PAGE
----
Science & Technology

USU Math Team Excels in Renowned North American Mathematics Competition

Aggie scholars ranked in the top 17% of the William Lowell Putnam Mathematical Competition.

By Mary-Ann Muffoletto |

From left, USU Putnam Mathematics Competition team members Jason Atwood, Hyrum Cooper, USU faculty mentor Nghiem Nguyen, Carter Green and Brian Armenta. Additional team members are Cole Neiderman and Emily Wessman. (Photo Credit: USU/M. Muffoletto)

Utah State University mathematics scholars were among more than 4,000 students from the United States and Canada vying in the internationally renowned William Lowell Putnam Mathematical Competition during the 2023-24 academic year. After completing two demanding 3-hour sessions, the six-person Aggie team ranked 77 out of 471 institutions and placed second among Utah universities. The previous year, USU ranked 109 out of 456 schools.

“We scored in the top 17 percent of competitors and we advanced in the rankings from last year,” says the team’s faculty mentor Nghiem Nguyen, associate professor in USU’s Department of Mathematics and Statistics. “That’s an impressive improvement, which shows we’re learning from experience. The Putnam competition is the preeminent mathematics competition for undergraduate college students in the United States and Canada. Our team had an excellent showing.”

USU team members were Bryan Armenta Valdez, Jason Atwood, Hyrum Cooper, Carter Green, Cole Neiderman and Emily Wessman.

Atwood, who was the sole returning team member from last year’s competition, says practice sessions taught him to write proofs more rigorously.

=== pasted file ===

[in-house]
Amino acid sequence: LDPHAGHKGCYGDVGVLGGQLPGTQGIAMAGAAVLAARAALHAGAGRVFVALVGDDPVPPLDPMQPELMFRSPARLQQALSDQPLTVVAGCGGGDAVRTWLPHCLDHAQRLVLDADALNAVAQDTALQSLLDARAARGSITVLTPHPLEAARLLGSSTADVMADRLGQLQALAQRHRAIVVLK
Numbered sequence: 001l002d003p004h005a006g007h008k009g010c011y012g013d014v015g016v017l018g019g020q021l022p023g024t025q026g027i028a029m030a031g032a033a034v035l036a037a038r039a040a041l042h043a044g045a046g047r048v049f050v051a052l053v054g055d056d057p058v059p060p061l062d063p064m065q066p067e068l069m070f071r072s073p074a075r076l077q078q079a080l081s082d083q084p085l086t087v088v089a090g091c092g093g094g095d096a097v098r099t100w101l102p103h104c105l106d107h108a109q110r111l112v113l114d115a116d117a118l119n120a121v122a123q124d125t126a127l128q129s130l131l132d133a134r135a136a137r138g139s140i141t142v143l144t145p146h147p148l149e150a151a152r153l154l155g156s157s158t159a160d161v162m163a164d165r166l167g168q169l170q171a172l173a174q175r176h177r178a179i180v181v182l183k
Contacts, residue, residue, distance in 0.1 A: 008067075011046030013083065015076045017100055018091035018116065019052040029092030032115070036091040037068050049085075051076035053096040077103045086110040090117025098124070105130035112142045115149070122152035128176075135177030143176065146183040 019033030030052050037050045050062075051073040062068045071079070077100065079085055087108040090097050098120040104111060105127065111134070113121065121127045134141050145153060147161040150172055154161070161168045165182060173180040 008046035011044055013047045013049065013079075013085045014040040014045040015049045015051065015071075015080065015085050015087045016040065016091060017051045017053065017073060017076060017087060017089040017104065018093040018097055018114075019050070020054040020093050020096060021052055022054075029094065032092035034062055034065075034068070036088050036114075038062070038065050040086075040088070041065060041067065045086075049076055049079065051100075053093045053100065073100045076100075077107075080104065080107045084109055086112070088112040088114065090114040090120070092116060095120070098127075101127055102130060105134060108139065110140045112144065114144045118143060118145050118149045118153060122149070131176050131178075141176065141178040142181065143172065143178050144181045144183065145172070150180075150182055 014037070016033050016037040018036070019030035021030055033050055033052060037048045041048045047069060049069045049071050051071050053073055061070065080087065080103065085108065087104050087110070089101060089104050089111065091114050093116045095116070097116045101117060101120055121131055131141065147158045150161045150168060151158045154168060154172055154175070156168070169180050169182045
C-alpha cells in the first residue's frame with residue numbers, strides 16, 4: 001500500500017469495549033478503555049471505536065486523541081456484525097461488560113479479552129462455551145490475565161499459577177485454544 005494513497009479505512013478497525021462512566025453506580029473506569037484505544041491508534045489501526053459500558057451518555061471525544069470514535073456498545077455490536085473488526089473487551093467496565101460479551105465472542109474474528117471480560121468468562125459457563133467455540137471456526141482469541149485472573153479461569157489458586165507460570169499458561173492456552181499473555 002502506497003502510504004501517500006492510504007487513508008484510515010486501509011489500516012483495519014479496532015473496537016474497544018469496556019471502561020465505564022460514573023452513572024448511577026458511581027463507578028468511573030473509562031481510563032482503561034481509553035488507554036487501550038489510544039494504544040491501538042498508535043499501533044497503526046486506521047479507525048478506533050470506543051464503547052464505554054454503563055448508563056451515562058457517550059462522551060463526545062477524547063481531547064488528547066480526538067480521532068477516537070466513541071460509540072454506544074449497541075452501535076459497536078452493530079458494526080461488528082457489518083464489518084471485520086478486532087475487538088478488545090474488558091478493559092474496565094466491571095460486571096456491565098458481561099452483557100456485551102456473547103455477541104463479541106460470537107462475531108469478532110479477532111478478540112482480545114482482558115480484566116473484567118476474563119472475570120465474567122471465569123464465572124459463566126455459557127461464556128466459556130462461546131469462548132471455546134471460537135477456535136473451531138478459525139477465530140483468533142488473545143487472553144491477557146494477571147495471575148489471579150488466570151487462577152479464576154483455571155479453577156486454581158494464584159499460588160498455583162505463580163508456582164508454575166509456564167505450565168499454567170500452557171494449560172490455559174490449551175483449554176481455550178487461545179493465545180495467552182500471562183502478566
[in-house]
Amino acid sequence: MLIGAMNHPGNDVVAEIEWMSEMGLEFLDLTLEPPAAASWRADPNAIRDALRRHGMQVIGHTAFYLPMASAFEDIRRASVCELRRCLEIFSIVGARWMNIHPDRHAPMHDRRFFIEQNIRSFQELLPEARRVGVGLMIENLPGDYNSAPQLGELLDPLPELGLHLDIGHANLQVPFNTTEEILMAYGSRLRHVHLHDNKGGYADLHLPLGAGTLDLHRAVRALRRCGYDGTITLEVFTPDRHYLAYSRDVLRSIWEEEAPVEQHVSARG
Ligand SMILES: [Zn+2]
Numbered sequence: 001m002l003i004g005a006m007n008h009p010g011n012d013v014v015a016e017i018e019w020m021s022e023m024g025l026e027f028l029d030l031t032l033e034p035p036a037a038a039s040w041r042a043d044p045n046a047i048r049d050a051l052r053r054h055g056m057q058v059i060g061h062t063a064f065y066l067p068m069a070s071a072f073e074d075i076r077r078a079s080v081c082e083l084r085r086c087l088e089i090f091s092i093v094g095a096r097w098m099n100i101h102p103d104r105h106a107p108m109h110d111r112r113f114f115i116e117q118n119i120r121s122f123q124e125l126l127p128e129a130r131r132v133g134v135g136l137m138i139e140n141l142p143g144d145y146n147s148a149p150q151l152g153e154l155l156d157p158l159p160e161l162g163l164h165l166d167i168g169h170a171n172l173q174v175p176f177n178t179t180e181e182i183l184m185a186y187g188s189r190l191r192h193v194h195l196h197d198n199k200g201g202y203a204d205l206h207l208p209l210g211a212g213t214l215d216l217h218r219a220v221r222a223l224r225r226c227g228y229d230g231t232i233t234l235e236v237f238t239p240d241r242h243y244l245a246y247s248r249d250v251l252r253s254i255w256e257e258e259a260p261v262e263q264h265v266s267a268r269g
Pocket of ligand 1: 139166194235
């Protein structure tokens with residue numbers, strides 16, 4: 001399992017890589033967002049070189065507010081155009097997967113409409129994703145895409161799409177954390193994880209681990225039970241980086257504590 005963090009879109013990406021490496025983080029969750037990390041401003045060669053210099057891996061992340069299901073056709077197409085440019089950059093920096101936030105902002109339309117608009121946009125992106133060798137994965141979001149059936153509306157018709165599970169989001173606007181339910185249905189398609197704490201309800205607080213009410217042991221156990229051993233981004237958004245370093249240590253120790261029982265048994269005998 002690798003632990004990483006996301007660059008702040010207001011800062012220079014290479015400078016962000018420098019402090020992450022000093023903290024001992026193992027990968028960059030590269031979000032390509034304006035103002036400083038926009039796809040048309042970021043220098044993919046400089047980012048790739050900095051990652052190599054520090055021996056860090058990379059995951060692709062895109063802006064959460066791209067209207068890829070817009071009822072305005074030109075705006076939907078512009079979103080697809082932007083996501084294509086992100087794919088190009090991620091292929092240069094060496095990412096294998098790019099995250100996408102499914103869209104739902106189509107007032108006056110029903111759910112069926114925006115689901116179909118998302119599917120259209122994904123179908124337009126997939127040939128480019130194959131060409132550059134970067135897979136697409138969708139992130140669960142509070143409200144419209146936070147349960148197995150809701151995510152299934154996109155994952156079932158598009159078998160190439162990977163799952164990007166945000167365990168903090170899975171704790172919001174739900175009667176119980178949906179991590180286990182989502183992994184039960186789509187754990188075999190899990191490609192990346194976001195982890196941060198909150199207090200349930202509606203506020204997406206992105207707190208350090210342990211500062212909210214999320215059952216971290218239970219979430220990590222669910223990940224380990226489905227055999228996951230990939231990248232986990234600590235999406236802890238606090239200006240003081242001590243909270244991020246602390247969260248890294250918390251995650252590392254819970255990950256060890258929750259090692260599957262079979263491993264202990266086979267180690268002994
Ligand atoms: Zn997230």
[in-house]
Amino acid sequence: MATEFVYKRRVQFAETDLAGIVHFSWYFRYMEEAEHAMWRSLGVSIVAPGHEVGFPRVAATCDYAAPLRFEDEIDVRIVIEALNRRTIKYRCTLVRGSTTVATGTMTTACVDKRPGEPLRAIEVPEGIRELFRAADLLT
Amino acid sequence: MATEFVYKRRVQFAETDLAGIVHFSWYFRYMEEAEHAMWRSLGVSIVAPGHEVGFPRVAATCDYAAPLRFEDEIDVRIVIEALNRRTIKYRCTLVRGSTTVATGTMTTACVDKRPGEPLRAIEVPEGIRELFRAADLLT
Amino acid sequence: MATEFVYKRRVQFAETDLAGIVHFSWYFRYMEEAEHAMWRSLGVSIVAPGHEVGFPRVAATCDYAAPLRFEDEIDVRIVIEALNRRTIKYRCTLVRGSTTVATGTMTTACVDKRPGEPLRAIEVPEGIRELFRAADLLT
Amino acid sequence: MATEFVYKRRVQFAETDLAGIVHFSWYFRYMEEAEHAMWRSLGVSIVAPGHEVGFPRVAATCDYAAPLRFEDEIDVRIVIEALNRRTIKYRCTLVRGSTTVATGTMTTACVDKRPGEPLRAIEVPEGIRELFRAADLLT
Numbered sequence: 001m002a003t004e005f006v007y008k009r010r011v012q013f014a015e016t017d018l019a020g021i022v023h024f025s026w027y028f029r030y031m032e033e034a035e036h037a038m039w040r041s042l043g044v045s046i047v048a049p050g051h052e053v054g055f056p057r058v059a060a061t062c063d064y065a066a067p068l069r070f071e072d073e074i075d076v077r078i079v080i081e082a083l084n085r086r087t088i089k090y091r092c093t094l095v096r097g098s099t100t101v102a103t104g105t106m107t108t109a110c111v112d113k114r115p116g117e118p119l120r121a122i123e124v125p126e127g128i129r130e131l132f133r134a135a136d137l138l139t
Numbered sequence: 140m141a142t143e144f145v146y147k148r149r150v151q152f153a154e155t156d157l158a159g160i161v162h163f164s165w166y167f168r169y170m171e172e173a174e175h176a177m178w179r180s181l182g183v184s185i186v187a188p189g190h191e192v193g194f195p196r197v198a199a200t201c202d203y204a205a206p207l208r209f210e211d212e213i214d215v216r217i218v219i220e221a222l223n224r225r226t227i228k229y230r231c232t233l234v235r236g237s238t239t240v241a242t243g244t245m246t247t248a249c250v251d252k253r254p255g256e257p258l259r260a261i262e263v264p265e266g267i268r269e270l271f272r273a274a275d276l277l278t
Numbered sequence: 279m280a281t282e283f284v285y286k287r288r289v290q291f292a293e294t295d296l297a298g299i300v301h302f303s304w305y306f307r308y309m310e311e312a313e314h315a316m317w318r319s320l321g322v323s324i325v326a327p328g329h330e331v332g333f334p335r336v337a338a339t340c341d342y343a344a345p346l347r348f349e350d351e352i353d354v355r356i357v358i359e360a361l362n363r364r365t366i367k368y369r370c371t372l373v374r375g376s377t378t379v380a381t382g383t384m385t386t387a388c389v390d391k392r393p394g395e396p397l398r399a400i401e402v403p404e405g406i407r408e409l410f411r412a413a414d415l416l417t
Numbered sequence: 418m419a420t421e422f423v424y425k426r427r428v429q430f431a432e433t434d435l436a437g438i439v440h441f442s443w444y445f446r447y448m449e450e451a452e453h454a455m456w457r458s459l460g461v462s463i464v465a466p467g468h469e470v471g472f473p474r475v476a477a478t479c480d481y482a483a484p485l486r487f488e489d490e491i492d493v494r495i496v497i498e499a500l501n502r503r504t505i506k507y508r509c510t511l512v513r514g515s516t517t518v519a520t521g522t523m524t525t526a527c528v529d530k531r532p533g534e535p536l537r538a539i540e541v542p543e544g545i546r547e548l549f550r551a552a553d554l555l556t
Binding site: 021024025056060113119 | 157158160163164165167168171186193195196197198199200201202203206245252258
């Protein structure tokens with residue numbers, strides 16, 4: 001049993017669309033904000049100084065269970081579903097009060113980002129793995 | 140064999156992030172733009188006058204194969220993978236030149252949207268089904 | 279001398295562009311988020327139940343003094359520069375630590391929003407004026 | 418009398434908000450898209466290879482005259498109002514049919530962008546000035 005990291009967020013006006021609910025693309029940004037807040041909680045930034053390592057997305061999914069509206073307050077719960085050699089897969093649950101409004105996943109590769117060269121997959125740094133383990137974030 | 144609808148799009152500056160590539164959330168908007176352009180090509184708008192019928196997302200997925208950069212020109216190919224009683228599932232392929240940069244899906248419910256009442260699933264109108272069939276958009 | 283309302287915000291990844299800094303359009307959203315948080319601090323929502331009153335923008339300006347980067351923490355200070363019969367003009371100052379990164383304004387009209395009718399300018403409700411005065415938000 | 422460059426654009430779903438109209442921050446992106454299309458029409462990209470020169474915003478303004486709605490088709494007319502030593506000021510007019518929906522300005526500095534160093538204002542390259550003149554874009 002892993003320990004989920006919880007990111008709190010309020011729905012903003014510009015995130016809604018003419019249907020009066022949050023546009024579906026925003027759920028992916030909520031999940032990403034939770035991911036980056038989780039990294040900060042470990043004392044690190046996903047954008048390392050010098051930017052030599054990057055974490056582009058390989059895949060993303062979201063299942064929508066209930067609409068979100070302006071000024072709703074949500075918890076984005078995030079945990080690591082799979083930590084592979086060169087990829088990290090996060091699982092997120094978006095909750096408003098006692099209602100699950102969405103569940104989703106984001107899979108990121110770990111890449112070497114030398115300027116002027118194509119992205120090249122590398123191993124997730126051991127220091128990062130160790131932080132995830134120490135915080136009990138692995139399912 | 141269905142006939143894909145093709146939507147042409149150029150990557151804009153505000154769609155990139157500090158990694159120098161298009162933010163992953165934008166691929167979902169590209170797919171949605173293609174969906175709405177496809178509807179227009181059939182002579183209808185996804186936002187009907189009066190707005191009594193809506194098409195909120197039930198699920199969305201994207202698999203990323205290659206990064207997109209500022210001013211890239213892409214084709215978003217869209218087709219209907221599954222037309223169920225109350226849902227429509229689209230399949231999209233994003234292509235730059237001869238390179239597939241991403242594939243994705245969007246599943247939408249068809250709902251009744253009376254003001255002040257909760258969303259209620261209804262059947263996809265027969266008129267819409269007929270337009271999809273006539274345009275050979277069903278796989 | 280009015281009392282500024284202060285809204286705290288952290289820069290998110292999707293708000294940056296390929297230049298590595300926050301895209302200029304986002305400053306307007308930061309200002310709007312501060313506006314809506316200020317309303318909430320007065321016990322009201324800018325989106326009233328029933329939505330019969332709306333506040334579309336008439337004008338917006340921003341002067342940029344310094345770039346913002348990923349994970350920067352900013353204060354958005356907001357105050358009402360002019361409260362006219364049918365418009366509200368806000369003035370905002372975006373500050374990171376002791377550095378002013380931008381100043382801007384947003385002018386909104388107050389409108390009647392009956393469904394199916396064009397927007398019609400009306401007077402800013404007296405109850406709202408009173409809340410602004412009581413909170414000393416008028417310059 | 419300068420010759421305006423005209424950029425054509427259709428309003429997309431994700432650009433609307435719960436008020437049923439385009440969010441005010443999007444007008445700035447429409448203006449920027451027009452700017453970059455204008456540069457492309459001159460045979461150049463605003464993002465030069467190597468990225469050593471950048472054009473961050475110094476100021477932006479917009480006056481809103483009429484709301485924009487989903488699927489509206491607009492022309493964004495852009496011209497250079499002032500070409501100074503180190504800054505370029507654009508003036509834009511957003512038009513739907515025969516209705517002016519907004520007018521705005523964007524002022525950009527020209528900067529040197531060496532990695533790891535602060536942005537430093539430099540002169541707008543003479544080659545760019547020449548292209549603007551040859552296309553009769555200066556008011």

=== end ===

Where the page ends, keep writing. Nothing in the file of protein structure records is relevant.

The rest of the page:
“Working on that skill has helped me in my classes — particularly in discrete math,” says the Aggie First Scholar, who is dual mathematics and physics major. “I like solving mathematics problems, and I’m pleased we improved upon last year’s performance.”

Cooper, a computer science major, says he loved the competition’s challenges.

“It was very satisfying to work together and make it through to the end of the competition,” he says.

Nguyen, who is the College of Science’s 2024 Undergraduate Faculty Mentor of the Year, says the competition is a great way for students to hone their mathematical skills and build camaraderie with fellow scholars.

“We plan to sign up again in September for next year’s competition, so we’d welcome new team members to succeed those who are graduating,” he says. “We have a competitive team and we’re gaining momentum. We also have a lot of fun working through mathematical problems from past competitions and building knowledge.”

Interested students can contact Nguyen at


Mary-Ann Muffoletto
Public Relations Specialist
College of Science


Nghiem Nguyen
Associate Professor
Department of Mathematics and Statistics


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